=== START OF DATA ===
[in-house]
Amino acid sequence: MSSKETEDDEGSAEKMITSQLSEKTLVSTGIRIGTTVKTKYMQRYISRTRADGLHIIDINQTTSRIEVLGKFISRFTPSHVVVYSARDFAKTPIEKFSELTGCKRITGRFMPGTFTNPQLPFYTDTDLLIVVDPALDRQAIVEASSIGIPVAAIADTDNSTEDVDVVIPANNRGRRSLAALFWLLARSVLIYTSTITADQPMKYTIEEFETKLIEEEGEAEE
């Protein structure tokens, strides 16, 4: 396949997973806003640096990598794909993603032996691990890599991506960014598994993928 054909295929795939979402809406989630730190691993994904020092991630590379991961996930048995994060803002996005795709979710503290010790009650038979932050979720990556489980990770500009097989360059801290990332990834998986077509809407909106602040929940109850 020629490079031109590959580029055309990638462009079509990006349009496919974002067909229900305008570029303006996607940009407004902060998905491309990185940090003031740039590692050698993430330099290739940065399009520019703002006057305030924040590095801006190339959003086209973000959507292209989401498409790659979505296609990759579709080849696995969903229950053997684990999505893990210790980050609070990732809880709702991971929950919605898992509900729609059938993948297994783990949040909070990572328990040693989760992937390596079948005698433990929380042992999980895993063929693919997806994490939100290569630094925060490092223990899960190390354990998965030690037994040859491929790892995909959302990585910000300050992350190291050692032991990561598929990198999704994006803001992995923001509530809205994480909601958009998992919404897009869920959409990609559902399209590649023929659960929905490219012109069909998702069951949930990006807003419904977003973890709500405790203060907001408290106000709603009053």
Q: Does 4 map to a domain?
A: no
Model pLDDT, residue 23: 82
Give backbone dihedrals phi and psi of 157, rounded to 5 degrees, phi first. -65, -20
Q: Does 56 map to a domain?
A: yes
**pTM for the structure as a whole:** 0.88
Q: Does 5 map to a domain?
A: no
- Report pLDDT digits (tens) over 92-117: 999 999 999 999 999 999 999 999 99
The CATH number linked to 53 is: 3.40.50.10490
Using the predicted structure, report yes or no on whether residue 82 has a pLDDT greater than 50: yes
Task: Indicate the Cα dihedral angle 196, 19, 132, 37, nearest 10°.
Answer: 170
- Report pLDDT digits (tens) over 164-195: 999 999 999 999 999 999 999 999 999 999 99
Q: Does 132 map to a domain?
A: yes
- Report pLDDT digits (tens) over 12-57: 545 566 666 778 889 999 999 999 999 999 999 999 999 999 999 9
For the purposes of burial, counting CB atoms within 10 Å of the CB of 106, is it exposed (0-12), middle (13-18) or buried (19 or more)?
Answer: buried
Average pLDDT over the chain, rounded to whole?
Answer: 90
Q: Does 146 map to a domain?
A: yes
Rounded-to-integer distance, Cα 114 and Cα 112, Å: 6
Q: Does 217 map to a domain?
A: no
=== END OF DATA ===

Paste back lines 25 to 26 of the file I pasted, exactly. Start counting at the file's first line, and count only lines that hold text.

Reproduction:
Answer: 90
Q: Does 146 map to a domain?